Russ Kapusinski: “The gospel isn’t just the ABCs for the Christian, but the A-to-Z for living the Christian life.”
Contact: 1055 Hunte Parkway, Chula Vista,
Pastor: Russ Kapusinski
Born: Akron, Ohio
Formation: North Park University, Chicago,
Illinois; Reformed Theological Seminary, Orlando, Florida
Ordained: 12 years
San Diego Reader: How long do you spend writing your sermon?
Pastor Russ Kapusinski: I usually spend about 10 to 15 hours a week. When I prepare the sermon, I take some time studying the text and then reflect or meditate on it. I find that the best form of meditation is to read through a text and get out a notebook — I have reams and reams of notebooks where I’ve done this — and pray for an outline to emerge. Then I’ll consult commentaries. In a lot of what I do for preparation, I’ll try to determine what questions I really want people to ask to interact with the gospel. Finally, I’ll take prayer walks and think and pray and go over the text I’m going to preach on in my mind.
SDR: What is it that concerns you as a member of the clergy?
PR: One of the things I’m concerned about is how the gospel in our day is kind of moving off center stage for people. Even in American Evangelicalism, folks have this view that the gospel is something you need only until you enter into a relation with Jesus Christ. We like to say that the gospel isn’t just the ABCs for the Christian, but the A-to-Z for living the Christian life. There’s such a drive in pastoral ministry toward success — driven by nickels and noses — how much and how many. I think we have to maintain the course of wanting to see masses of un-churched people coming to Christ, but we also have to be careful in our day to found the church on the truth of God’s word and integrity of the gospel.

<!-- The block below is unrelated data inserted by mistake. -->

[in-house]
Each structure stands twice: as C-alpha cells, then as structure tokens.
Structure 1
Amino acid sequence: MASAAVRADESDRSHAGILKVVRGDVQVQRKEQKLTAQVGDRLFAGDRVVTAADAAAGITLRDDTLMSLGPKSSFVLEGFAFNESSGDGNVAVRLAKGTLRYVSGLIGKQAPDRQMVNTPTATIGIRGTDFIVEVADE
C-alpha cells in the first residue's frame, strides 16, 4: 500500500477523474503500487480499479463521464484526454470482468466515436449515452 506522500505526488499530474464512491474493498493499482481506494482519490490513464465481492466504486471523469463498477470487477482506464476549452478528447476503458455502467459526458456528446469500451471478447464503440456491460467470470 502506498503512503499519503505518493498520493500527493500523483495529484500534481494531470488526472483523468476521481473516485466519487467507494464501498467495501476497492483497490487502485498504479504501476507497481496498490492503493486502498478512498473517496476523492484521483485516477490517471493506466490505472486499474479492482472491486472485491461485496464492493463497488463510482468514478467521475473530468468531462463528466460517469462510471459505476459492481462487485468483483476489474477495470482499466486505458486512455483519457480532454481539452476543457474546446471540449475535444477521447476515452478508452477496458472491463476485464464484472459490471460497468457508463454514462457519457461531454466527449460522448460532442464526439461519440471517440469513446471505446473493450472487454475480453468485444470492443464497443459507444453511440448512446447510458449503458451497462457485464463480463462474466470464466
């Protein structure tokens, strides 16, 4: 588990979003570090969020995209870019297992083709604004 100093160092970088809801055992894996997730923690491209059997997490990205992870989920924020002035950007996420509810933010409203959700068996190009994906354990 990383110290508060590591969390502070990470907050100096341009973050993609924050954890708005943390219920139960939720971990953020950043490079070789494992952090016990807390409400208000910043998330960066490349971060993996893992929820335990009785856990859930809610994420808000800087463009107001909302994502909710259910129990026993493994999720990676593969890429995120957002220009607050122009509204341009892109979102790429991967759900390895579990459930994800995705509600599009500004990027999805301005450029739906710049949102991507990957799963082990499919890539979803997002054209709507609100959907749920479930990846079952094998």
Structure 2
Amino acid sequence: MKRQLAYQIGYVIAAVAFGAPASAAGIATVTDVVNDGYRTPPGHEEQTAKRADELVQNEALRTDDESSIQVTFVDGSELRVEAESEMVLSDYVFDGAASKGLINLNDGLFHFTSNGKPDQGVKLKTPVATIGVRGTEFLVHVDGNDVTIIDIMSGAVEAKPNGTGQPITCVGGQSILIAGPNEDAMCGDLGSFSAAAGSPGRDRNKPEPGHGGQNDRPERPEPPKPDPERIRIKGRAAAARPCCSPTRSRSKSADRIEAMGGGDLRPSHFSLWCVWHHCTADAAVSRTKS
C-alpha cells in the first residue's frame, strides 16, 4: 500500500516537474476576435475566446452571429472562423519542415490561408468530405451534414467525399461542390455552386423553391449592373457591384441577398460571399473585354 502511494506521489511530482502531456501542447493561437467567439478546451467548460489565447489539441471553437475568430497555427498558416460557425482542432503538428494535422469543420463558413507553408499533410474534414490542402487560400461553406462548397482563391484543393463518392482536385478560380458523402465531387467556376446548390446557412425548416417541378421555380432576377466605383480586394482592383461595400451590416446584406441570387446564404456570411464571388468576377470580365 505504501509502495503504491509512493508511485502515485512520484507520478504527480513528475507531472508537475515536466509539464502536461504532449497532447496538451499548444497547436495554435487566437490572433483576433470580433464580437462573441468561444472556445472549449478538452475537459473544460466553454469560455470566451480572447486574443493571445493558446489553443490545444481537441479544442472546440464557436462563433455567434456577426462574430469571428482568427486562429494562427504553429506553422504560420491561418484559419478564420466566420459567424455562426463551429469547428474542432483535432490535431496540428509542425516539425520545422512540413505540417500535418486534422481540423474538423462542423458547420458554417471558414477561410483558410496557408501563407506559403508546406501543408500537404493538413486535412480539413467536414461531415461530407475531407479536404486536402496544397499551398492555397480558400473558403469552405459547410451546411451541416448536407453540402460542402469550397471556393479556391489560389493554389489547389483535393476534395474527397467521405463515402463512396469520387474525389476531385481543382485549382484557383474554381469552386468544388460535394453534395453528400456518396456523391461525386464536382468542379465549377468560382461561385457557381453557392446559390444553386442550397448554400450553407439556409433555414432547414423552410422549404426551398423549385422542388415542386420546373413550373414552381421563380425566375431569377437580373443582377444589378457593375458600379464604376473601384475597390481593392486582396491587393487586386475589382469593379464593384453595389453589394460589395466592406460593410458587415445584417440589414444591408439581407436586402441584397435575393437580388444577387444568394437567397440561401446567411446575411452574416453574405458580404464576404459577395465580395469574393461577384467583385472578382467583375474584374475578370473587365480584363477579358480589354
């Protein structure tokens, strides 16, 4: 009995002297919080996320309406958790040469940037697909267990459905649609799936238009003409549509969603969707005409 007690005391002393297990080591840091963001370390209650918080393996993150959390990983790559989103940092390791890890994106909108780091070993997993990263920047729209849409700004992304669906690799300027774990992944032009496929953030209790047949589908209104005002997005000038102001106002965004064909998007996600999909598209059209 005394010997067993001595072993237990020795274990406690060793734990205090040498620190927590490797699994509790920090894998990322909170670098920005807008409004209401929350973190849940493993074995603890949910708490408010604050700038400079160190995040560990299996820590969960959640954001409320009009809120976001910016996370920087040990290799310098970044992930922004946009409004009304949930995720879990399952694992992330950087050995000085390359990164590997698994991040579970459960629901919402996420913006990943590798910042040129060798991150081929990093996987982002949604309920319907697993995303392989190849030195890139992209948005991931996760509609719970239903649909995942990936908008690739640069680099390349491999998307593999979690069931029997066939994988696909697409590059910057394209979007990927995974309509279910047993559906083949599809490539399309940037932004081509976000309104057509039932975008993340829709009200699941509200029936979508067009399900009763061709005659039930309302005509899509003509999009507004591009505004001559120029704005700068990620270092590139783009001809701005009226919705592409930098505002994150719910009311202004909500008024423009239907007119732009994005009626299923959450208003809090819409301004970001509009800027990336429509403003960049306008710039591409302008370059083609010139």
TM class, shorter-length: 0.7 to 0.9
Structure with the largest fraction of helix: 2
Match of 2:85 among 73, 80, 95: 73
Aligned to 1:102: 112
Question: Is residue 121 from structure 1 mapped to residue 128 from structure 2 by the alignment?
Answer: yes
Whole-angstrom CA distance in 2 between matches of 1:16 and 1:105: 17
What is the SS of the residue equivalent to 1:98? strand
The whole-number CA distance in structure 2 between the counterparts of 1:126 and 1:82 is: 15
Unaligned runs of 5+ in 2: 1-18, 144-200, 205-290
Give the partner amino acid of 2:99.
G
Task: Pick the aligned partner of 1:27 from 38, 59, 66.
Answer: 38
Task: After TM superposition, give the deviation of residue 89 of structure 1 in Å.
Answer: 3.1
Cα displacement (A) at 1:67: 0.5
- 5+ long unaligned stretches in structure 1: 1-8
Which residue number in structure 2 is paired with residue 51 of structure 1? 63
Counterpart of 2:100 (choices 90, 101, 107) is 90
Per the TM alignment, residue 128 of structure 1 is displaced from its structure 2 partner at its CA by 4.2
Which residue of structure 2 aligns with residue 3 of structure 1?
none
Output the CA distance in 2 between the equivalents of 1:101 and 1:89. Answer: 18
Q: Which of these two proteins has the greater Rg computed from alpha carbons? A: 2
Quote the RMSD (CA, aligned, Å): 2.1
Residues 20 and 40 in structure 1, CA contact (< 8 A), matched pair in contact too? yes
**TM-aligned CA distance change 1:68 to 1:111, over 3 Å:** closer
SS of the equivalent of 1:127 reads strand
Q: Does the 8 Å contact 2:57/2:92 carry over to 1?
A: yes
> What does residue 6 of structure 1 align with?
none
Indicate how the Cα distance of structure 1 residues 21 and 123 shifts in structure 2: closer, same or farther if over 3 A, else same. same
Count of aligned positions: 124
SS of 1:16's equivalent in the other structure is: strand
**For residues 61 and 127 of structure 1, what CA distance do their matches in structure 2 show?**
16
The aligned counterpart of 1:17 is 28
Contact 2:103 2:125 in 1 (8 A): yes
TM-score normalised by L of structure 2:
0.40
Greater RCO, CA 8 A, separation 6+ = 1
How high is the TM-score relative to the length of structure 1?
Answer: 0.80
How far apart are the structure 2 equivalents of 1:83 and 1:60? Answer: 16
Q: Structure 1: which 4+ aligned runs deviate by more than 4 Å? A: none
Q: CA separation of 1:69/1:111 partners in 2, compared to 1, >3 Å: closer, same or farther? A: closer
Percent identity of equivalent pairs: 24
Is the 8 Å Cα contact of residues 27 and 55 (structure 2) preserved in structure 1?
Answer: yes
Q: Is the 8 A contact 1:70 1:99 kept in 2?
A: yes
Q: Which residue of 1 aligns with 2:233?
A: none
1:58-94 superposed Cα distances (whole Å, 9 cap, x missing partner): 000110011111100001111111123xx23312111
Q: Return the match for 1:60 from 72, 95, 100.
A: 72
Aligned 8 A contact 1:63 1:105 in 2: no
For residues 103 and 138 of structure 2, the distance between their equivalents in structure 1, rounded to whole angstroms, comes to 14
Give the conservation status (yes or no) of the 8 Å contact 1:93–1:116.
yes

SDR: What is the most prevalent sin you observe or hear about from your congregation?
PR: I think it’s more the temptations of the world than anything. Everybody struggles with it in their hearts. I think it’s a combination of things. We’re all distracted with the good things of this world — and especially here in east Chula Vista, where we tend to be a little wealthier. We don’t have our hearts set on the best things. There’s a lot of materialism out here. And, talking about the gospel, the problem is generally that we all get back to an underlying idolatry for comfort and security. These idols are huge for us culturally, here in North America, but especially where we are on the edge of suburbs in a little wealthier community.
SDR: Where do you go when you die?
PR: Our ultimate destiny is the new heaven and new earth, but until the Final Judgment, the Bible teaches that we go to an intermediate state — which we stay in prior to the return of Christ at the Resurrection. Those who trusted in Jesus Christ go to be with the Lord and will be given a new body of [a] sort similar to the resurrected body of Jesus Christ. The Scriptures seem pretty clear, too, that there is a place of Judgment — what is typically called hell. The Bible teaches that there is a Judgment and…those who don’t embrace Jesus Christ as the only way to Salvation will still have to stand up to scrutiny on the final day.